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### When using the addition rule in probability, why must we subtract the "intersection" to find the "union" with the Addition Rule?

There is a subtle point to be made here, which comes down to double counting.

Pr(A union B) = Pr(A)+Pr(B)-Pr(A intersection B)

allows us to work out the probability that either event A or event B happens: i.e., it tells us for any two events A and B, what is the probability that one of them occurs.

However, this probability is affected by the relationship between the two events themselves. In particular, it matters whether the events are mutually exclusive or not.

Consider the following example:

A class of 20 students contains 12 boys and 8 pupils with blonde hair. What is the probability that a student is either a boy or has blonde hair?

Let event A be that a student is chosen with blonde hair and let event B be that a boy is chosen. Thus we are trying to find Pr(A union B) - what is the probability of event A or B occuring? The natural response is to think it is simply Pr(A) + Pr(B), in this case 8/20+12/20 =20/20=1

However, this is only true if there are no boys with blonde hair. Suppose instead that there are 2 boys with blonde hair in the class. Now the probability of choosing a student that is either a boy or blonde has fallen, since of the 8 remaining girls in the class, 2 do not have blonde hair. So we must calculate:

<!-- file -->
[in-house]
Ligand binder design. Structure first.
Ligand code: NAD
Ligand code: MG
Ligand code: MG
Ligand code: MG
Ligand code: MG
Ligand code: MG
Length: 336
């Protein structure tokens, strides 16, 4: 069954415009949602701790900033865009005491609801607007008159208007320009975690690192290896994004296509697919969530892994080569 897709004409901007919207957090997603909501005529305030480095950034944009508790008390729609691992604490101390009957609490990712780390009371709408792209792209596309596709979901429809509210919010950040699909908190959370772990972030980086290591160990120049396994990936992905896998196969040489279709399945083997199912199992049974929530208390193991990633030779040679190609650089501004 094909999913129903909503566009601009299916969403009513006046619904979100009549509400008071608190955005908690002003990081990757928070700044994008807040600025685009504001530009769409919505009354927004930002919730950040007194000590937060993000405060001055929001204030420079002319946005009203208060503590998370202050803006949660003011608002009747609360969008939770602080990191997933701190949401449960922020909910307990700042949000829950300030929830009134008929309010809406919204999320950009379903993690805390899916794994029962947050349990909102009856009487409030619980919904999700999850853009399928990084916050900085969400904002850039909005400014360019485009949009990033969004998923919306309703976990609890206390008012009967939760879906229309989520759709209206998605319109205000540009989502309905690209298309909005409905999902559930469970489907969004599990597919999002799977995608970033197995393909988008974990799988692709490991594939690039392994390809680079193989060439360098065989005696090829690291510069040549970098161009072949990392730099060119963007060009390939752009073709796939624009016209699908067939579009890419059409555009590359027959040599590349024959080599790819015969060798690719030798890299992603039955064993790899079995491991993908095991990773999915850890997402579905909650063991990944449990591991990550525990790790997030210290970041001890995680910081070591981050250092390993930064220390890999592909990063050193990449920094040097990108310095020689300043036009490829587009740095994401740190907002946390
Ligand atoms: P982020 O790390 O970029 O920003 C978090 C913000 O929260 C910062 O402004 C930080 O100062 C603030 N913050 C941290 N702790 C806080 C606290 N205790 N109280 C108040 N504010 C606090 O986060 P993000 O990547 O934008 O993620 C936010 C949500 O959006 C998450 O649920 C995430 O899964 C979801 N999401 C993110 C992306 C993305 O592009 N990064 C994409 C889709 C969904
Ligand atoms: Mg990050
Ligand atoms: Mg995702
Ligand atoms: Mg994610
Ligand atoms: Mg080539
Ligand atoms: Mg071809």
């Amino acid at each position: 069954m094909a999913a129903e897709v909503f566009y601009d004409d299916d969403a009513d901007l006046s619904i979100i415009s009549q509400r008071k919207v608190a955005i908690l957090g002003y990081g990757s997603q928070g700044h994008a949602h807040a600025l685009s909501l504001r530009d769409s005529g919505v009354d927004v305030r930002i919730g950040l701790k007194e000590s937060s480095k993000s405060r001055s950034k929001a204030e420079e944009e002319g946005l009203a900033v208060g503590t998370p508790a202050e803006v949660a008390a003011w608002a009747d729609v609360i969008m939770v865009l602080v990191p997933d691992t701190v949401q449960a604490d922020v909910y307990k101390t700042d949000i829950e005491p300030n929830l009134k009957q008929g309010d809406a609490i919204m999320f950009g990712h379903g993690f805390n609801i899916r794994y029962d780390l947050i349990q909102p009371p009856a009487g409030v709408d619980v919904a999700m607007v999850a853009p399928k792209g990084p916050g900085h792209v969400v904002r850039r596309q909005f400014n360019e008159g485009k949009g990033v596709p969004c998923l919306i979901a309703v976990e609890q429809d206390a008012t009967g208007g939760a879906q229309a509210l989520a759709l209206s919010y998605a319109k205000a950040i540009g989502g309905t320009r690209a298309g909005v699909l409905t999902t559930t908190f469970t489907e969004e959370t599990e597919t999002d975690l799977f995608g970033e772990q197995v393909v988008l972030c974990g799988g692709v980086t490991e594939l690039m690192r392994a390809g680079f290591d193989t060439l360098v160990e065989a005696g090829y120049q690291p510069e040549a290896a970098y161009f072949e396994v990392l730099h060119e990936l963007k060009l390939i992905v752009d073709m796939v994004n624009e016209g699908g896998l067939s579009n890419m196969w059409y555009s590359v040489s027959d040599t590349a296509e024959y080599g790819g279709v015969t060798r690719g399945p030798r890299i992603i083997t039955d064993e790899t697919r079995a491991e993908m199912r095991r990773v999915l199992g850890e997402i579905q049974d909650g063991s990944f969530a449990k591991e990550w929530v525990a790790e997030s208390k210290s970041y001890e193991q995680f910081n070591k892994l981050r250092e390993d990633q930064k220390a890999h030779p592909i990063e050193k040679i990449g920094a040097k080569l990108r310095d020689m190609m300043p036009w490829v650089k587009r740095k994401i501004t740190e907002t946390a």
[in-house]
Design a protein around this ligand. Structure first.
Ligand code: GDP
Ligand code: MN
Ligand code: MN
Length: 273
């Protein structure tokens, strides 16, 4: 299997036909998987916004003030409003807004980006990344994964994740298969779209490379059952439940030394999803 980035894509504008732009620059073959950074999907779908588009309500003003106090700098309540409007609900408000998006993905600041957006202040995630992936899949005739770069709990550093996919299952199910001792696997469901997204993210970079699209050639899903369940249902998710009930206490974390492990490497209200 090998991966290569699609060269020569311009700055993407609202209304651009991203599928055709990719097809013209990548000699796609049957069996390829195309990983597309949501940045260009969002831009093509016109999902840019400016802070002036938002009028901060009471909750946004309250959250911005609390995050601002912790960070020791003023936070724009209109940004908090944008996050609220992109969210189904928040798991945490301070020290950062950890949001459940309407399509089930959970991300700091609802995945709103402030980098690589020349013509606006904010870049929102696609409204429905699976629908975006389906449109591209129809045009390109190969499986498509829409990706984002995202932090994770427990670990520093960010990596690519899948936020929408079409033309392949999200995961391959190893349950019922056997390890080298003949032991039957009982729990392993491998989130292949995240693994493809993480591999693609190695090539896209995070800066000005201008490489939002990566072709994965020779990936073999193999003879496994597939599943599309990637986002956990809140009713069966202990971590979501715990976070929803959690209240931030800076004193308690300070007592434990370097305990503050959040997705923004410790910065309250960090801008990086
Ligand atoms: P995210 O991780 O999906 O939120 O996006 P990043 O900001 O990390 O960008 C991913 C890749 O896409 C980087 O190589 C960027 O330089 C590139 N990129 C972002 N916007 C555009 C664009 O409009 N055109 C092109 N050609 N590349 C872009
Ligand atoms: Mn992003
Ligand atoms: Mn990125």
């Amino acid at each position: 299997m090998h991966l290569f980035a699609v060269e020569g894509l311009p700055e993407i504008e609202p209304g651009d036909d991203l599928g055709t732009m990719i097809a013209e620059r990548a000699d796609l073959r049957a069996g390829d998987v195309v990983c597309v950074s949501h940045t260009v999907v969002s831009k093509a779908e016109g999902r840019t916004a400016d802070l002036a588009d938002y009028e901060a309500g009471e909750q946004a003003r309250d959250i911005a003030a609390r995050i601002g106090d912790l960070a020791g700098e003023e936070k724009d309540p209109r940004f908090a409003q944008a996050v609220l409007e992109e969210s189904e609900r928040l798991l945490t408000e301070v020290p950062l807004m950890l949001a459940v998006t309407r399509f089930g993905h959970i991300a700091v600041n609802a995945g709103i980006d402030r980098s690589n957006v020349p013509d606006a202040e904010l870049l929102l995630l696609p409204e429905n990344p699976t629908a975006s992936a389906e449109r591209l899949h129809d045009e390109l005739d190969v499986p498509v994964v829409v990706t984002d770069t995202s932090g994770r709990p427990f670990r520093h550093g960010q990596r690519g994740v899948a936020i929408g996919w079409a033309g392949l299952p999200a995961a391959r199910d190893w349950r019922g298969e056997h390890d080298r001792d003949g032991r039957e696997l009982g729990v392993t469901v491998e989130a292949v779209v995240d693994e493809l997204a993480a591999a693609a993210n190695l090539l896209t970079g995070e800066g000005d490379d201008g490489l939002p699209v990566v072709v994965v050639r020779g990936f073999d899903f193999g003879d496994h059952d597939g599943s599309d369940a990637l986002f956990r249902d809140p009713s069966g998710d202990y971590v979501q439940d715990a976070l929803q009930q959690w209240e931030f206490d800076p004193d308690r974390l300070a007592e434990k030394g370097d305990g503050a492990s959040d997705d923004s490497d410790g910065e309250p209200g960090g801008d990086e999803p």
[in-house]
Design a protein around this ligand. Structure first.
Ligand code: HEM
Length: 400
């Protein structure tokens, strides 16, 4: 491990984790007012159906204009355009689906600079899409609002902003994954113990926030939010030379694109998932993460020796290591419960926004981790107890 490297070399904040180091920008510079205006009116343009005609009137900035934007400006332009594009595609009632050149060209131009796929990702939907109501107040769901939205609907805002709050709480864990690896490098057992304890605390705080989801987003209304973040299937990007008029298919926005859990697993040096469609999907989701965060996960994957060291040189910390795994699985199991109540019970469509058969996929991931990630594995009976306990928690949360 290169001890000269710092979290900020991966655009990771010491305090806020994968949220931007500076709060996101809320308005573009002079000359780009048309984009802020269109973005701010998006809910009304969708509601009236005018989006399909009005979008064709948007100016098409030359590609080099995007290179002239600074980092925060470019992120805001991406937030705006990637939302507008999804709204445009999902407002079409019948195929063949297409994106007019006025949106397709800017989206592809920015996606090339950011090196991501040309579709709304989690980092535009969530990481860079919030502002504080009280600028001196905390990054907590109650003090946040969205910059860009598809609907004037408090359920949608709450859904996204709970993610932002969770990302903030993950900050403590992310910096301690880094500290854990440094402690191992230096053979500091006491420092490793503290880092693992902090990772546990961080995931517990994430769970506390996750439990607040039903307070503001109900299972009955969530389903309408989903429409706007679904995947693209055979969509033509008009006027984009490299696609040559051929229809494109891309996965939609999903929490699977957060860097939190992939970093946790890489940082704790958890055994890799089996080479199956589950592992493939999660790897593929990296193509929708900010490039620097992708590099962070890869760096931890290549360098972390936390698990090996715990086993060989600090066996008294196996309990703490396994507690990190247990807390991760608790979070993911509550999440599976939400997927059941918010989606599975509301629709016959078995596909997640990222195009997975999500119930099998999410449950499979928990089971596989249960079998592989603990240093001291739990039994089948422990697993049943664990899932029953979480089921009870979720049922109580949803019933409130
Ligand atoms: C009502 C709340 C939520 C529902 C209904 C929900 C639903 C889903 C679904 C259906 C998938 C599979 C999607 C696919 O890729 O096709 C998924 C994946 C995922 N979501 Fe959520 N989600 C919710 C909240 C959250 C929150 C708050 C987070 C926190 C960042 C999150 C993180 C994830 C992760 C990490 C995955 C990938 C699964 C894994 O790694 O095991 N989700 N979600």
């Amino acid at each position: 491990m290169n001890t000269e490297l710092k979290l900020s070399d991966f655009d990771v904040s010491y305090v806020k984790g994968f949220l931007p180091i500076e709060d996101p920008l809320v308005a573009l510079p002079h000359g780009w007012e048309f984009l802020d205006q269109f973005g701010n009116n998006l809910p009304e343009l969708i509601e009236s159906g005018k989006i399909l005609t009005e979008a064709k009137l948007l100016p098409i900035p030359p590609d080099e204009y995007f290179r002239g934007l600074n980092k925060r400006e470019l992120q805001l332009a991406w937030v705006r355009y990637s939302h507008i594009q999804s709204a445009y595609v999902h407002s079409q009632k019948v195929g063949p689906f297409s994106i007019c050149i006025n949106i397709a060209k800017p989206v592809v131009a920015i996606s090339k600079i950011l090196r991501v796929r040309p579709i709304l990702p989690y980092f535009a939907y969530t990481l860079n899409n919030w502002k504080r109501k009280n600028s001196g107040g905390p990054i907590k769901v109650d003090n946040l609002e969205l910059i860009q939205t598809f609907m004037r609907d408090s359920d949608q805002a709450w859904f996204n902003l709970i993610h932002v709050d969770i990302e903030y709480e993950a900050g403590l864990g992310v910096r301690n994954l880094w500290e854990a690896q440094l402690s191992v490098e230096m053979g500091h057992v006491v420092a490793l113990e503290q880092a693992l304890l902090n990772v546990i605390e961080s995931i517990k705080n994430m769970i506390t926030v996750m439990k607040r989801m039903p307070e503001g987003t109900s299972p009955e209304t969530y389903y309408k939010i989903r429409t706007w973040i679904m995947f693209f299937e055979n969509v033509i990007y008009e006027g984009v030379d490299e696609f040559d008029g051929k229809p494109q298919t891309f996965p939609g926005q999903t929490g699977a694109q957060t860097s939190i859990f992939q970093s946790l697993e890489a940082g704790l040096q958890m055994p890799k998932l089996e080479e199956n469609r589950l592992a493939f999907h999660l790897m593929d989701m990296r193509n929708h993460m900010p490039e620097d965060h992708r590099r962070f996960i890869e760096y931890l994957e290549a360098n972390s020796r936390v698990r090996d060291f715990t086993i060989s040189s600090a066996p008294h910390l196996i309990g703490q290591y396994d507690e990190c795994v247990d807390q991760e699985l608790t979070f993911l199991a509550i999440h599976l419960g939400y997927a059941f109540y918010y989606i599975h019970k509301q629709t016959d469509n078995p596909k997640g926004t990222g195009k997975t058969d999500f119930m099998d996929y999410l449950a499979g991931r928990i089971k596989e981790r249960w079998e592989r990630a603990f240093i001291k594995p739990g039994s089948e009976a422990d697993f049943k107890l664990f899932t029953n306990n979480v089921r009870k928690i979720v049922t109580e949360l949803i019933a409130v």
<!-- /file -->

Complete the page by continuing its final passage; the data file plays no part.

Pr(A union B) = Pr(A)+Pr(B)-Pr(A intersection B)

Here, Pr(A intersection B) is the probability that a student is a blonde boy, which is 2/20. Therefore, our new probability is:

Pr(A union B)=8/20+12/20-2/20=18/20

If we did not subtract the term at the end, we would be double counting the blonde haired boys firstly as boys and then as students with blonde hair, fogetting that they are one and the same individual in 2 cases.

To make this point another way, consider a Venn diagram. With two mutually exclusive events, two circles in the Venn diagram do not overlap. With non-mutually excusive events, the circles do overlap. The overlap is the intersection, calculated here as 2/20. If we do not subtract this intersection from Pr(A) +Pr(B), we double count it, giving us the wrong probability of both events happening.

2 years ago

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